Buzzing Along Under the Monorail

buzzing-along-under-the-monorail

There I was on a trip, zipping along under the monorail. It was surreal, almost psychedelic.

Visions of 2001: a Space Odessey.

But I get ahead of myself.

Our world as a married couple expanded a bit when my wife took a new job at Virginia Mason Hospital. So our footprint in Seattle was enlarging. She had a further distance to travel, double what it took me to go to the Fifth Avenue Theater. She easily walked it. Or depending upon schedules I was sometimes able to drop her off at the Spring St entrance.

For the past five years we had been pretty insulated, having met each other in show biz, it seems the only people we knew were family or in show business (and a good percentage of individuals in those two categories overlapped).

At Virginia Mason she worked in the kitchen, cutting raw produce for the hospital cafeteria and for the patients’ meals. Carrots and celery for instance. In fifty pound bags – character and muscle building.

She co-ordinated closely with one of her co-workers, Dan Daniels. His job was to receive the produce, store them, then distribute them where and when needed; i.e., her cutting board. Not too long after she started there, he invited the two of us up to his home to introduce us to his wife, Mary. And for many times after.

Dan and Mary lived in the Queen Anne District, which, as some readers may know, is north of the downtown Seattle area. We were only familiar with a few things up in that neck of the woods. Things like the Pacific Science Center and the Space Needle; and our favorite restaurant at the time, Bloch’s.  (It was great for after a show. We came for the sandwiches. I always had the hot pastrami, and my wife had the prime rib. Yum).

Dan and Mary were fun-loving, festive folks. And holidays for them were always an excuse for a party. They were also artistic souls and everything was always tastefully decorated to the hilt. They introduced us to other things as well.

It must have been a New Year’s Eve celebration. There were noisemakers and party hats. And champagne at midnight. I believe it was the first time I had ever sampled the “bubbly.” I had had beer before, and that always with food, and never to the point of drunkenness. This new concoction was definitely something different.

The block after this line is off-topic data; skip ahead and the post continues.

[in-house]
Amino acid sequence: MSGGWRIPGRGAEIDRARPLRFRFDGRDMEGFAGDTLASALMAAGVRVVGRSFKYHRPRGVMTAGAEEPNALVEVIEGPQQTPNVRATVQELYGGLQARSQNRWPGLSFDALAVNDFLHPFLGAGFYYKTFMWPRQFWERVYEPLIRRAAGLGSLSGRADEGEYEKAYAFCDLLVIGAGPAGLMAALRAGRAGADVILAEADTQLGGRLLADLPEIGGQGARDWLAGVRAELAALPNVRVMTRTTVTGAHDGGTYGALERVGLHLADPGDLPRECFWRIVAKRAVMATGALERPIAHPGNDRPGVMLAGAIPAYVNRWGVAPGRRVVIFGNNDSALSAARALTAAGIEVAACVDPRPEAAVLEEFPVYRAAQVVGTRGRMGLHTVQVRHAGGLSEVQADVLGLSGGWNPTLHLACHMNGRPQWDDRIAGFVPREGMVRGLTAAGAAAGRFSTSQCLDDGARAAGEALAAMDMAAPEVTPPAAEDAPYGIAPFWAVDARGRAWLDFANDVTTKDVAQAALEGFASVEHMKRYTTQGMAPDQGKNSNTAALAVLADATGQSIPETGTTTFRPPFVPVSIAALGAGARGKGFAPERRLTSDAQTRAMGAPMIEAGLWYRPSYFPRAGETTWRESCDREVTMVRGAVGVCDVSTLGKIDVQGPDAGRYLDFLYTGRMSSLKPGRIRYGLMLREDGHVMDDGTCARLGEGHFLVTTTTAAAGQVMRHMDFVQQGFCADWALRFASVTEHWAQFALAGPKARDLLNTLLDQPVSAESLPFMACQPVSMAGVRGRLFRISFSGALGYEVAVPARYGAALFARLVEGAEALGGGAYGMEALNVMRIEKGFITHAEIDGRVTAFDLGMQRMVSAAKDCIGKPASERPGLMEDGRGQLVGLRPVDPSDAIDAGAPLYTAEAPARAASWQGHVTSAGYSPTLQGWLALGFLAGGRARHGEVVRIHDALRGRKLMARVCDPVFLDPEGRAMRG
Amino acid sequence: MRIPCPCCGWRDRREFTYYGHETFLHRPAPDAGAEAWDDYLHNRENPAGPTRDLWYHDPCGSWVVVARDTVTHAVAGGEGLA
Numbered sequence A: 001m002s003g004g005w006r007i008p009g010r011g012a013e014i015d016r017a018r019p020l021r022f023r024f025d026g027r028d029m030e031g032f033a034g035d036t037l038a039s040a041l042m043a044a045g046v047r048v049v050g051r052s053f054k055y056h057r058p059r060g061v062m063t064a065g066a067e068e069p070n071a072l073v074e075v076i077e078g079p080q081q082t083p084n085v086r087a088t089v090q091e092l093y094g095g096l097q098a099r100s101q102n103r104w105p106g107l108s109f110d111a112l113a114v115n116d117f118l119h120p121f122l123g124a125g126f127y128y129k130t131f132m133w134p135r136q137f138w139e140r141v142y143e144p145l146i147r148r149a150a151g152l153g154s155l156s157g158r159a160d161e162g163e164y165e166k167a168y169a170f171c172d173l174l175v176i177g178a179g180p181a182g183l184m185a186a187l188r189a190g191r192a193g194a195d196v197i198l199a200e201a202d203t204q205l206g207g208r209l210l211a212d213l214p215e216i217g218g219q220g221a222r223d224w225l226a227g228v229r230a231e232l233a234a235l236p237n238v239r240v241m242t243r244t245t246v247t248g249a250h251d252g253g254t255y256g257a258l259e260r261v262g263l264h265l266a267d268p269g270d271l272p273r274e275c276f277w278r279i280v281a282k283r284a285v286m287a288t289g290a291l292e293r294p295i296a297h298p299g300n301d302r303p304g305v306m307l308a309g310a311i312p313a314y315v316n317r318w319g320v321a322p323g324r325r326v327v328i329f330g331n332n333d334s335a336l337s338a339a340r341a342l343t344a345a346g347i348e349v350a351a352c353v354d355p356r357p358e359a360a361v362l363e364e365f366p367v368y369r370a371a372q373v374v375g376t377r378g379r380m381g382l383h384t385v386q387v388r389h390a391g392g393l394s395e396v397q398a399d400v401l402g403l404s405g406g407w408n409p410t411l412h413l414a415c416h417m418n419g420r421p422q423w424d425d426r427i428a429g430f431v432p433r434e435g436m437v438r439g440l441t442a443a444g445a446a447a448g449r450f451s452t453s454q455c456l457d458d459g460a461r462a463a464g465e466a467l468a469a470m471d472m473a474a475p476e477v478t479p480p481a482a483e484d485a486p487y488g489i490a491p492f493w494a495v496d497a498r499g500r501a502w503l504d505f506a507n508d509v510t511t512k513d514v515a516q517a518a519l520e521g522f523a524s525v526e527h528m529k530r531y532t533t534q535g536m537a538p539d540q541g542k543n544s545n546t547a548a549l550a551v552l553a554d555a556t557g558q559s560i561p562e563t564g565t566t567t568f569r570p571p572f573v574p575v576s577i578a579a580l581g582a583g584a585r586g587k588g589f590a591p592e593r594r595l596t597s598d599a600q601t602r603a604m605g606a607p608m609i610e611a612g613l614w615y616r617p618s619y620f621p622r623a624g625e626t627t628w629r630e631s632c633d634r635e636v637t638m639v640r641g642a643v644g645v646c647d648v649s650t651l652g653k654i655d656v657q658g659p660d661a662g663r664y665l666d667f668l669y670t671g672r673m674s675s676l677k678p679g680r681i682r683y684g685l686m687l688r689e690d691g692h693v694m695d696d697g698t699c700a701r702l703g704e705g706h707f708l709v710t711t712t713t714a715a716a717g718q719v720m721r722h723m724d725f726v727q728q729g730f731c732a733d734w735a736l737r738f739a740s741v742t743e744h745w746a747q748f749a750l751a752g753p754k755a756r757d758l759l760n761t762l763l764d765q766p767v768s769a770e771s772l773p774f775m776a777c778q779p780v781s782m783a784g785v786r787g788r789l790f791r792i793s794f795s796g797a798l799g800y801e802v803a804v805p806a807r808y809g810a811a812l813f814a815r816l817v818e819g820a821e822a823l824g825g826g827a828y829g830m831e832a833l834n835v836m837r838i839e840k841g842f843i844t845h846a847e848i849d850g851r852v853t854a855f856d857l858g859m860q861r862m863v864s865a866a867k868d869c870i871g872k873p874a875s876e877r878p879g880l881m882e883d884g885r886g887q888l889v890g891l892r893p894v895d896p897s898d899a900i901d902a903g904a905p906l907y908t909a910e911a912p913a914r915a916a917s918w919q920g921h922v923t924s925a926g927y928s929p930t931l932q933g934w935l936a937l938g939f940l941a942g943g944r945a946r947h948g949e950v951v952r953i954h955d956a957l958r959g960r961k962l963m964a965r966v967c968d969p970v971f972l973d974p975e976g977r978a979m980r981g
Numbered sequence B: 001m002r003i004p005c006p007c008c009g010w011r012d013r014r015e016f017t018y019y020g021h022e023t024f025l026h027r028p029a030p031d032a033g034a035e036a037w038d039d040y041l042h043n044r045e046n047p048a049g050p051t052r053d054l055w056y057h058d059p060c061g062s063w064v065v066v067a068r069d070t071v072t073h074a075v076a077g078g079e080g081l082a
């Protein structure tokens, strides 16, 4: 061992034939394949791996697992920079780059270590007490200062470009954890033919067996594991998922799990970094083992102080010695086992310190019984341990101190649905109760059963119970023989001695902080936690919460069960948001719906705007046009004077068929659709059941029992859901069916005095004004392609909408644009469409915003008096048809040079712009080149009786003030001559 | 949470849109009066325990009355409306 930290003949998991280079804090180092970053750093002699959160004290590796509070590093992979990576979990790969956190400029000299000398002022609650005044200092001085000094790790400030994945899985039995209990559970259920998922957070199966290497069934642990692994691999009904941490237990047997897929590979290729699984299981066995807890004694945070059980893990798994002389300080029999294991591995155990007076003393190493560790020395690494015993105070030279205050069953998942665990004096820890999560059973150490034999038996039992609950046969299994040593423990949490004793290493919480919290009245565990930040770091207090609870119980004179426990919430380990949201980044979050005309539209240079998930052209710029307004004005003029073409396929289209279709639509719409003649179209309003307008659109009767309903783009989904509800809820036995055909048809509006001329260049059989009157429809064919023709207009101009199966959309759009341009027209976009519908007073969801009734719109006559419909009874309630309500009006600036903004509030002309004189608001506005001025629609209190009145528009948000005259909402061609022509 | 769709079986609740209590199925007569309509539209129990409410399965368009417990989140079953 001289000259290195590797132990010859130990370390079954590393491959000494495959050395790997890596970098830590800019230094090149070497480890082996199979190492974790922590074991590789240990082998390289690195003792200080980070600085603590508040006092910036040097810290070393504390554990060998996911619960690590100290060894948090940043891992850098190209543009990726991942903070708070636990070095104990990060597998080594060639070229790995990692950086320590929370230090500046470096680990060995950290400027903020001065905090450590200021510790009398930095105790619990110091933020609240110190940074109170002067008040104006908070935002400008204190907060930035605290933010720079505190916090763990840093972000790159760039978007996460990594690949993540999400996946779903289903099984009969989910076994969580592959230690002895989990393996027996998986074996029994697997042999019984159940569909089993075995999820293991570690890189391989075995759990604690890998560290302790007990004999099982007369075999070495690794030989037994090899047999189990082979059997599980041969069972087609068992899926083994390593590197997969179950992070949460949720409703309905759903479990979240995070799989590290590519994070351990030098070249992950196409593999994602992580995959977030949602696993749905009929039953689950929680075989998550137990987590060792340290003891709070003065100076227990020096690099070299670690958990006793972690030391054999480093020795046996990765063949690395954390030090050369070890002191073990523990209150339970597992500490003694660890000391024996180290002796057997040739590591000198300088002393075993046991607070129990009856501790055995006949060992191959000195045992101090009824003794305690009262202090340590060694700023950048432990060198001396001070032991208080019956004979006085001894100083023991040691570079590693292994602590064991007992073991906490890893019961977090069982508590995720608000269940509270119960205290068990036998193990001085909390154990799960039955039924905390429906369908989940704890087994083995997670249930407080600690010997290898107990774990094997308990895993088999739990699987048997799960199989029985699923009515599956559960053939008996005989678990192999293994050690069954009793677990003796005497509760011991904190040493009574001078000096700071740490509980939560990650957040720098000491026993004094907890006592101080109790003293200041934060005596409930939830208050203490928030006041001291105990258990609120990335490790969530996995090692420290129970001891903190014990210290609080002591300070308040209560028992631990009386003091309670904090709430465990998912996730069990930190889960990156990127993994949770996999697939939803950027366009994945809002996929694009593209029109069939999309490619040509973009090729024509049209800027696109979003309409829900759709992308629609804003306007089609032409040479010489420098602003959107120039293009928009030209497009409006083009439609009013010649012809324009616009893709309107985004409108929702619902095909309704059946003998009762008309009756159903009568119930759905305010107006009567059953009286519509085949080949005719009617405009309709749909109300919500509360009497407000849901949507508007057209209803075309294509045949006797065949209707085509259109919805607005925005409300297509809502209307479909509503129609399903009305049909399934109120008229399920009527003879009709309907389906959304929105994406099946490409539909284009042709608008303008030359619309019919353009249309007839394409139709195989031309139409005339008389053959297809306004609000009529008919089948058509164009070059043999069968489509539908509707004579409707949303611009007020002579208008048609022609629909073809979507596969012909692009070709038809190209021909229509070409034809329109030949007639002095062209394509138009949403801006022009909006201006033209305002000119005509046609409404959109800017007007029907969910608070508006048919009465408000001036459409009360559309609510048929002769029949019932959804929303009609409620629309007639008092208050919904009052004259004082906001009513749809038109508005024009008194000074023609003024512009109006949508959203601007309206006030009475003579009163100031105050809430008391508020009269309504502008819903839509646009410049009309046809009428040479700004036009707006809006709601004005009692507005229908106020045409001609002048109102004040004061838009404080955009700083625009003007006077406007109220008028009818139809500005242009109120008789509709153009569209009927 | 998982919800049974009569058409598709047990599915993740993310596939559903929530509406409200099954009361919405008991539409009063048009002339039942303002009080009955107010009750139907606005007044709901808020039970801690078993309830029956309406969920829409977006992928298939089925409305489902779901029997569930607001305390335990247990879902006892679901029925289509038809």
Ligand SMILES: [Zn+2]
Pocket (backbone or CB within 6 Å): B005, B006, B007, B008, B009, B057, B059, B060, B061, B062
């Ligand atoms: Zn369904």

It’s why I found myself in the passenger seat of the Roadrunner, buzzing along under the monorail at night back to our apartment. The supports to the monorail track flicked by with rythmic regularity. Any lights we passed seemed to bend around and through the windshield and side window and funnel somehow through my wide awake eyes, directly into my brain. It really was the “light show” segment from “2001.” The swift motion of the vehicle that cradled me, instead of comforting, added an element of creepiness, an edge of unease.

That “trip” contributed a great deal to the reasons I have been a teetotaler for the majority of my life.

Beyond Finian

With the curtain calls in for Finian’s Rainbow, Francis Ford Coppola was hot to get on the road for his next project, The Rain People. But Howard Kazanjian was faced with a dilemma as to what he would be doing next.

Francis had asked Howard to accompany him on The Rain People as his AD. They were going to be on the road traveling light, catching those places and situations that crossed their path, much as they had when up in the Bay area for Finian. So he only wanted one AD for this film. This restriction placed a stumbling block to Howard’s participation.  Howard was a 2d AD at the time, but this arrangement would require him to be a 1st AD. To remedy this problem, Coppola called the DGA to ask for a waiver, or perhaps get Howard “promoted” to 1st AD early, since he was so close to qualifying already. The DGA turned Coppola down on both counts. Coppola turned to Howard and gave him this advice – “Quit the Guild.” Howard had to tell Coppola “No.” He just felt he could not. It would be too difficult (nigh on impossible, not to mention expensive) to try to get back in afterwards.

[Aside – As I mentioned in an earlier post George Lucas did go along with Coppola for The Rain People, not as AD, but as a general factotum, a gopher. He shot a documentary about the making of the film. On the road, somewhere in Colorado, Francis and George took in Kubrick’s “2001 A Space Odyssey.” George told Francis that he wanted to do something in that vein. It was one of the seeds for what later would become “Star Wars.” In tribute to Kubrick, they painted an inscription on one of the vans in their caravan – “HAL 9000” in three inch letters].

Instead, Howard went on to work for Sam Peckinpah and his film The Wild Bunch, (which is covered in other posts on my blog).

Later, in 1971, Coppola wanted Howard to be his AD on The Godfather. Again, the DGA rules intervened. Back then a member of the West Coast DGA (of which Howard was one) could not work within the jurisdiction of the East Coast DGA, where the film was to be shot.